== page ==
Triple-negative breast cancer – a potential treatment on the horizon


In a recent study, researchers have unveiled a double-acting strategy for combating the notoriously aggressive and challenging-to-treat triple-negative breast cancer (TNBC) (Figure 1). Their findings showcase the potential of silencing a specific gene, ACSS2, to significantly enhance the effectiveness of existing treatment methods.

Figure 1: Inhibition of ACSS2 triggers stronger tumor growth inhibition in immune-competent mice compared to immune-deficient mice. a, Diagram outlining the approach to testing inhibition of ACSS2 in immune-competent and immune-deficient tumor-bearing mice. VY-3-135, ACSS2 inhibitor; sgAcss2, single-guide RNA targeting Acss2; NSG, NOD.Cg-Prkdcscid Il2rgtm1Wjl/SzJ. b–g, Allograft tumor growth in NSG, C57BL/6 or BABL/c mice treated with VY-3-135. n = 8 mice per group. Adjusted P values are displayed on the graph and were generated using a multiple two-sided Welch t-test. Values represent the mean tumor volume ± s.e.m. h, Orthotopic allograft tumor growth of Brpkp110 cells in C57Bl/6 mice treated with VY-3-135. Adjusted P value is displayed on the graph generated using multiple two-sided Welch t-test. Values represent the mean tumor volume ± s.e.m. n = 5 mice per group. i,j, Orthotopic allograft tumor growth of Cas9 (WT) or two different sgAcss2 (Acss2-KO) Brpkp110 cell lines in NSG or C57BL/6. Adjusted P values are displayed on the graph and were generated using multiple unpaired two-sided Welch t-test. Values represent the mean tumor volume ± s.e.m. NSG, n = 10 mice per group. C57BL/6, n = 7 mice per group for Cas9 and n = 5 mice per group for each Acss2-KO.

Triple-negative breast cancer poses a formidable challenge as it lacks three crucial receptors – estrogen, progesterone, and HER2 – that can be targeted with precision in other forms of breast cancer. This receptor absence leaves limited options for treating TNBC, which affects 10-15% of breast cancer patients in the US.

This study introduces an innovative double-acting concept: by silencing the ACSS2 gene, TNBC metabolism is disrupted, and simultaneously, the immune system’s ability to combat the cancer is bolstered. ACSS2 plays a pivotal role in regulating acetate, a nutrient that TNBC cells exploit for their growth and spread. The researchers employed two methods for deactivating ACSS2: CRISPR-Cas9 gene editing and a potent ACSS2 inhibitor known as VY-3-135.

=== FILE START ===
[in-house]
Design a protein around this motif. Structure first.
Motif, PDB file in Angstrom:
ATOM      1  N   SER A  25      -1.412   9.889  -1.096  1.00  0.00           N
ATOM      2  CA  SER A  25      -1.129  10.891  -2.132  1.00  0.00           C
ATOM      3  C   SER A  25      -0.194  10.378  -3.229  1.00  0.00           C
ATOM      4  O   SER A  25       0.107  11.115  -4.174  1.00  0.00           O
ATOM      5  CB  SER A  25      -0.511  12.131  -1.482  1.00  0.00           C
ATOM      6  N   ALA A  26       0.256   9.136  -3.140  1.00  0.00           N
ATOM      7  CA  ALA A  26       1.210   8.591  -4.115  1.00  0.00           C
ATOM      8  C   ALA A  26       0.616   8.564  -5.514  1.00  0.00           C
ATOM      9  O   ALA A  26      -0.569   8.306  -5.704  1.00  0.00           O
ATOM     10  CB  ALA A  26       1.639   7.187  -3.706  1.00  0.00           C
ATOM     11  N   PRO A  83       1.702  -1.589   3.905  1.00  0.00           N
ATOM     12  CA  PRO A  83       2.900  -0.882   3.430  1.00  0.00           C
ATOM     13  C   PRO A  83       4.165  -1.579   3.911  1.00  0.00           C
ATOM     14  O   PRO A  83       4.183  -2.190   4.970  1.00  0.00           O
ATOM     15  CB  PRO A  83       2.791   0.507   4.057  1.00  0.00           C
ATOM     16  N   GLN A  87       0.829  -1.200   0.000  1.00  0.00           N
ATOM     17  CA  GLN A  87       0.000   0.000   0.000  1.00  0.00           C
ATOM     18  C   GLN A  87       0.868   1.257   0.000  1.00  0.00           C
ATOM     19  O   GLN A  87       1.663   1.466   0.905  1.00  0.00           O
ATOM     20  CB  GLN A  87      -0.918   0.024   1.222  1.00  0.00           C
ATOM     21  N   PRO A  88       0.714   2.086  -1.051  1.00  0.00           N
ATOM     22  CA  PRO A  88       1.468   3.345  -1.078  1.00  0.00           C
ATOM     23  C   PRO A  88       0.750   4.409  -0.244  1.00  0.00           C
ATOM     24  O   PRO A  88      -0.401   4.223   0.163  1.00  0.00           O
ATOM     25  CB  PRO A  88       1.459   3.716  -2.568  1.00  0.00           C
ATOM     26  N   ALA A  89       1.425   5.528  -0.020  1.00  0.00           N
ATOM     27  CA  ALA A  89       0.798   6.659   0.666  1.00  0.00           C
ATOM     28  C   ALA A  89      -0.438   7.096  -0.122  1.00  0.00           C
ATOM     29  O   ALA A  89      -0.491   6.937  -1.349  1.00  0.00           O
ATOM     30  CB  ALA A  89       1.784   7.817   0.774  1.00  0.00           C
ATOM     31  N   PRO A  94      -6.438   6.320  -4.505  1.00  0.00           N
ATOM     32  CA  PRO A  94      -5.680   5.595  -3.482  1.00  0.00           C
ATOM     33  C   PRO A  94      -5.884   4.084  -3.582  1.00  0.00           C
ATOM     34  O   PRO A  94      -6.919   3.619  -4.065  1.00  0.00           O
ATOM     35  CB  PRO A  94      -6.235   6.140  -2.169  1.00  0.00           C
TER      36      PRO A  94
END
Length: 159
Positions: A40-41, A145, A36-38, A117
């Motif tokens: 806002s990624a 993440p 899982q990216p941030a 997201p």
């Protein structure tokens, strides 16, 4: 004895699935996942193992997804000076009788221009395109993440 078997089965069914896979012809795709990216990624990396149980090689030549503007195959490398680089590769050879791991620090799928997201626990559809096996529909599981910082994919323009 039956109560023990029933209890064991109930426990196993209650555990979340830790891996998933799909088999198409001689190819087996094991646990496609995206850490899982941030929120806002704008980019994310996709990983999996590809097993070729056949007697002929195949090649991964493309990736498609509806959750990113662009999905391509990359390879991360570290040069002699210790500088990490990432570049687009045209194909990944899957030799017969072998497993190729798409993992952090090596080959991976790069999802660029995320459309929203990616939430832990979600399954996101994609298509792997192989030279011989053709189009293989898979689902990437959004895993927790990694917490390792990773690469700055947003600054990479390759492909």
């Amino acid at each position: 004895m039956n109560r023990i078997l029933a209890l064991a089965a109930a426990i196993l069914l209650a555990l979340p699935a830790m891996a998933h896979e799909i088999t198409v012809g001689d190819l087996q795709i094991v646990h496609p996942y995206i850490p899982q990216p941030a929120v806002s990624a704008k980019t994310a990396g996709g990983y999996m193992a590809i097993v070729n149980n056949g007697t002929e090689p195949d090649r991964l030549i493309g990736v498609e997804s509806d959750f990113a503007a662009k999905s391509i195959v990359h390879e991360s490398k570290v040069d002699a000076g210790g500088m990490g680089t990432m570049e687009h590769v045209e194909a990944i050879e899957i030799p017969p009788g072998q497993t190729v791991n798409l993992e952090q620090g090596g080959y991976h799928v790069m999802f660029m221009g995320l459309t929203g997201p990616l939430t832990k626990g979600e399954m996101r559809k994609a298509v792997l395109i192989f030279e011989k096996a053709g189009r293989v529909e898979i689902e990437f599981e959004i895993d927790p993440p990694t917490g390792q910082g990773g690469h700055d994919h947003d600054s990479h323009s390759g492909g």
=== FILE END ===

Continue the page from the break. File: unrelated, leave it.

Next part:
Targeting ACSS2 in preclinical experiments not only hindered TNBC’s ability to metabolize acetate, thus stunting its growth, but it also prompted the immune system to recognize and attack the cancer. Strikingly, the immune system exhibited an ability to exploit acetate that TNBC cells couldn’t process. What’s more, this immune response was so effective that it established a memory of how to combat TNBC in the future, even when the tumour’s ACSS2 gene remained active.

These findings herald a new ray of hope for TNBC patients. Silencing ACSS2 represents a promising avenue for disrupting the cancer’s growth while harnessing the immune system’s formidable abilities to fight it. This novel double-acting approach offers a potential breakthrough in the treatment of this aggressive form of breast cancer, providing a brighter outlook for patients facing this formidable adversary.

Journal article: Miller, K.D., et al. 2023. Acetate acts as a metabolic immunomodulator by bolstering T-cell effector function and potentiating antitumor immunity in breast cancer. Nature Cancer.

Summary by Stefan Botha

International Union of Immunological SocietiesUniversity of South AfricaInstitute of Infectious Disease and Molecular MedicineElizabeth Glazer Pediatric Aids Foundation